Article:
Equal to Man in intelligence, The Rull have a technology that may even be superior. Their spaceships have already captured several hundred planets. The final titanic showdown that will decide Man’s fate and the fate of the whole galaxy is imminent.’
This is one of Van Vogt’s more successful fix-up novels. Earlier published stories – Repetition (1940), Cooperate or Else (1942), The Second Solution (1942), The Rull (1948) and The Sound (1950) – have been re-edited and combined with fresh material into a novel-length narrative.
David Pringle, former editor of Interzone, describes Van Vogt as a ‘slapdash’ writer, and in some cases, one can’t argue with this. Van Vogt’s hastily-written work can be easily spotted and examples of it can be found here.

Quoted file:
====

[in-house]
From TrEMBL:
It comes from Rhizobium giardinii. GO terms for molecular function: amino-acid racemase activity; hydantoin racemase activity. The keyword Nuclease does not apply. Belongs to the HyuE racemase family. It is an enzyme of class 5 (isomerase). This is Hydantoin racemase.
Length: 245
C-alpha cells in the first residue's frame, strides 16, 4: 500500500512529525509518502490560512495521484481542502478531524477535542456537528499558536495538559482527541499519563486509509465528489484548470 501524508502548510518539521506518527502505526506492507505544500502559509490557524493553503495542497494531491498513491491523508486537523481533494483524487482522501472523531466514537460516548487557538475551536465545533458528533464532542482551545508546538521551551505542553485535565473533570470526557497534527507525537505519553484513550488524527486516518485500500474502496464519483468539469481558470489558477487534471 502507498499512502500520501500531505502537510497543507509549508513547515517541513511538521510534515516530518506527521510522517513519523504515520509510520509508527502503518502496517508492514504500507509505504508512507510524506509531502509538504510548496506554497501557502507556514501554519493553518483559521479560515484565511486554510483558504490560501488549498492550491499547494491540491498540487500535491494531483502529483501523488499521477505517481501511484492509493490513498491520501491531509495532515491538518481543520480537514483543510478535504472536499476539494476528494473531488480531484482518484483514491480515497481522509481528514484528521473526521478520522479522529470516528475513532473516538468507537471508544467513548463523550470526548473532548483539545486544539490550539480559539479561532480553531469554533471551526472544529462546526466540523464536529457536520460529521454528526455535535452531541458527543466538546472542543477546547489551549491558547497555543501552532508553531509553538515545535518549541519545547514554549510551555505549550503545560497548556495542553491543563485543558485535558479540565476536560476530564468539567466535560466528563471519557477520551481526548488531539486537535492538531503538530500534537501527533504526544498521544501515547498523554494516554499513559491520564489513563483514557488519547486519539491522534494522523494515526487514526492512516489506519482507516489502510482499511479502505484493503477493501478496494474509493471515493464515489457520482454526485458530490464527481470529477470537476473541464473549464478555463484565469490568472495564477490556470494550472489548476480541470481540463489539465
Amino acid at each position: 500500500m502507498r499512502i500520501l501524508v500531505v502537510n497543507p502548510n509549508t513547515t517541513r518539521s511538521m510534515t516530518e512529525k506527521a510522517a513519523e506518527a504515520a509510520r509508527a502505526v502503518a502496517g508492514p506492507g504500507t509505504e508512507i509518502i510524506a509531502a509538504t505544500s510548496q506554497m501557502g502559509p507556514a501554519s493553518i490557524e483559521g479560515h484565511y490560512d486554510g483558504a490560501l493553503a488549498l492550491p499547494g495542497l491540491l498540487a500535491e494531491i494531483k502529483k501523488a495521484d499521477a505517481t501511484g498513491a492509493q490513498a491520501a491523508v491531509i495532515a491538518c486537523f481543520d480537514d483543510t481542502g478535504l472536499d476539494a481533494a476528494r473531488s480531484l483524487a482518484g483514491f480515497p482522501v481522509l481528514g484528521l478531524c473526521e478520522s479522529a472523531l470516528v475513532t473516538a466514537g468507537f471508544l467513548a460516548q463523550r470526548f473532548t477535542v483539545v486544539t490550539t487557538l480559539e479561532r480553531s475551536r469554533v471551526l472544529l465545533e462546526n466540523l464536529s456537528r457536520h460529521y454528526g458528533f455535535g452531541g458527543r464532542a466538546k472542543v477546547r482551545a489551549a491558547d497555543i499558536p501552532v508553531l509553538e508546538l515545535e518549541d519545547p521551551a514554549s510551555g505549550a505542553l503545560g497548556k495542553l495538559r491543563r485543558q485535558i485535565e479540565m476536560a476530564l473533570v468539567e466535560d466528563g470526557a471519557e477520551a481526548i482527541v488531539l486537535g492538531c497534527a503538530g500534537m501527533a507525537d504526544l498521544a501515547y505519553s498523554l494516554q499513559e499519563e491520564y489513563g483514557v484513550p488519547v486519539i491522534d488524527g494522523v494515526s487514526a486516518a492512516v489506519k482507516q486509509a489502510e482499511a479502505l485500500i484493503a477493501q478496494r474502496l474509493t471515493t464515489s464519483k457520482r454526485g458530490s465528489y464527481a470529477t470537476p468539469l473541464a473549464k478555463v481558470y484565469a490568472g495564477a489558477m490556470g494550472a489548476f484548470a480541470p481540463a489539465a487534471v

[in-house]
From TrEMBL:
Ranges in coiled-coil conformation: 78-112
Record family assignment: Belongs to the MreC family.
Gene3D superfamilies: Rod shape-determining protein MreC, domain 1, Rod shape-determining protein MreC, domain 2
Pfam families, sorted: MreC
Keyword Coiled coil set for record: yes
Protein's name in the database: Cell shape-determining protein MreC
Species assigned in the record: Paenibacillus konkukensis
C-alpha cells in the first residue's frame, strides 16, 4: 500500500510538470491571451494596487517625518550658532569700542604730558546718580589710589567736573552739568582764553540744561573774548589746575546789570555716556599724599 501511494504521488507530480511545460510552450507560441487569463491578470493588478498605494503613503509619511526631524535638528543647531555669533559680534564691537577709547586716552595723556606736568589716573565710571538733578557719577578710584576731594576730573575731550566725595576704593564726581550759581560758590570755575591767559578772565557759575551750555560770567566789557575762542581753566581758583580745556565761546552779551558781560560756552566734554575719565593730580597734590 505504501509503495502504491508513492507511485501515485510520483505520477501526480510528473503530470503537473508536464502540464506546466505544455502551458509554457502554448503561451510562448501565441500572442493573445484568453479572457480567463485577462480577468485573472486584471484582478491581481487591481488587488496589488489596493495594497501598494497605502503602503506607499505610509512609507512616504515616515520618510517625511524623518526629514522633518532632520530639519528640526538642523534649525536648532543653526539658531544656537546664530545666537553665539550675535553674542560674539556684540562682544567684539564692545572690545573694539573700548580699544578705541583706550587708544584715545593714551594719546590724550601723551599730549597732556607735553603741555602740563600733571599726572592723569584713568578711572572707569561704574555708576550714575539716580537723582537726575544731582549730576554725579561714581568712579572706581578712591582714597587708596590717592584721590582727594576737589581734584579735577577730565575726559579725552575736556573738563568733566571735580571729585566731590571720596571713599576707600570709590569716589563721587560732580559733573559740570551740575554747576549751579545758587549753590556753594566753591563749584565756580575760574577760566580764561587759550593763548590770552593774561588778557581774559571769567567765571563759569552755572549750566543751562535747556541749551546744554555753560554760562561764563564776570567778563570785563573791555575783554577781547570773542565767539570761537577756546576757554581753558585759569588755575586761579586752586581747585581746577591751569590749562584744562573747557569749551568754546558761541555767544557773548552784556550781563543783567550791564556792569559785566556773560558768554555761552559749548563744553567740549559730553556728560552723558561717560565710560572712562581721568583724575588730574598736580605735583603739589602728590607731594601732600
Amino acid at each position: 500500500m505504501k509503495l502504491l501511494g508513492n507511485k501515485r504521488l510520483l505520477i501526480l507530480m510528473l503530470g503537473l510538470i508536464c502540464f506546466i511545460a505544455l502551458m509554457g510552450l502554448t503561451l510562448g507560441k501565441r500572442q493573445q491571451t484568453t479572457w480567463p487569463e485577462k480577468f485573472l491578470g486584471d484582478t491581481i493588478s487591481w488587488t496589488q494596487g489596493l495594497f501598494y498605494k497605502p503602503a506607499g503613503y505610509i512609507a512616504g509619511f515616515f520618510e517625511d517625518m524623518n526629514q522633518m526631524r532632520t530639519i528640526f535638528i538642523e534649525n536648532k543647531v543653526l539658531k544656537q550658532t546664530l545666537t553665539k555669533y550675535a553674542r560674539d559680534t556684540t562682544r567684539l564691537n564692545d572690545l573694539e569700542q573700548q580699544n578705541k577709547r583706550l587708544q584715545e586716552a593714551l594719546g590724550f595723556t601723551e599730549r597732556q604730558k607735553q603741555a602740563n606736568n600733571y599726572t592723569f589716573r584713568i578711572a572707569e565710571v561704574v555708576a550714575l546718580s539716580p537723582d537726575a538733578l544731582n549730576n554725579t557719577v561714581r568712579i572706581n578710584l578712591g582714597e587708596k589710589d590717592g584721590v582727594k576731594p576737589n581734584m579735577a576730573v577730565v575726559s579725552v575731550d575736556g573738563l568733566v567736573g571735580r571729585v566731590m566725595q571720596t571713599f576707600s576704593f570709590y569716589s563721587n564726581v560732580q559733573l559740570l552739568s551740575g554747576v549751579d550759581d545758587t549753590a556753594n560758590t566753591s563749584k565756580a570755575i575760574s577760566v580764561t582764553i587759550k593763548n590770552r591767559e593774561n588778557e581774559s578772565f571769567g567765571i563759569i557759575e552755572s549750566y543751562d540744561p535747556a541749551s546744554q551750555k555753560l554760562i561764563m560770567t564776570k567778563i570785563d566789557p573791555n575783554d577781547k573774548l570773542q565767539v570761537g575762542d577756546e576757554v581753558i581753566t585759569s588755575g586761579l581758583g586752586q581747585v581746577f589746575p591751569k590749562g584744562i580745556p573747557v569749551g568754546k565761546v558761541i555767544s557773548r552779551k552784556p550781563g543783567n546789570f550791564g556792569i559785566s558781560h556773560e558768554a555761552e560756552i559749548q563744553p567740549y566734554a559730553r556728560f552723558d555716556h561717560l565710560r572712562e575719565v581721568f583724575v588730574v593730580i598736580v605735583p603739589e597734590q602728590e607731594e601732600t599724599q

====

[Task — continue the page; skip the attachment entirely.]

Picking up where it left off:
Van Vogt has other flaws also. The innate sexism in this novel in particular jars somewhat. The hero, Trevor Jamieson, when trapped (with a woman intent on killing him) on a moon teeming with predators, manages to overpower her. The woman accedes to his male superiority and Jamieson who ‘knows women’, is sure that she won’t try to kill him again, and indeed she doesn’t.
Later, Jamieson’s son is kidnapped by the alien Rull. He keeps the news to himself, sure that his ‘very feminine’ wife will not be strong enough to handle such news.
Of course, this is not a flaw exclusive to Van Vogt. Such misrepresentation of women was more or less the norm and in many cases was presumably endorsed or policed by editors with such views. Radical portrayals of women may well have been frowned upon.
Jamieson of course, is the hero, and despite the aforesaid flaws in the writing he is an unusual hero in that the solutions to his problems come from logic and reason.
It is logic and deduction which convinces him that the monstrous three eyed six-thousand pound six-limbed Ezwals of Carson’s Planet are not just dangerous beasts, but are highly intelligent and telepathic.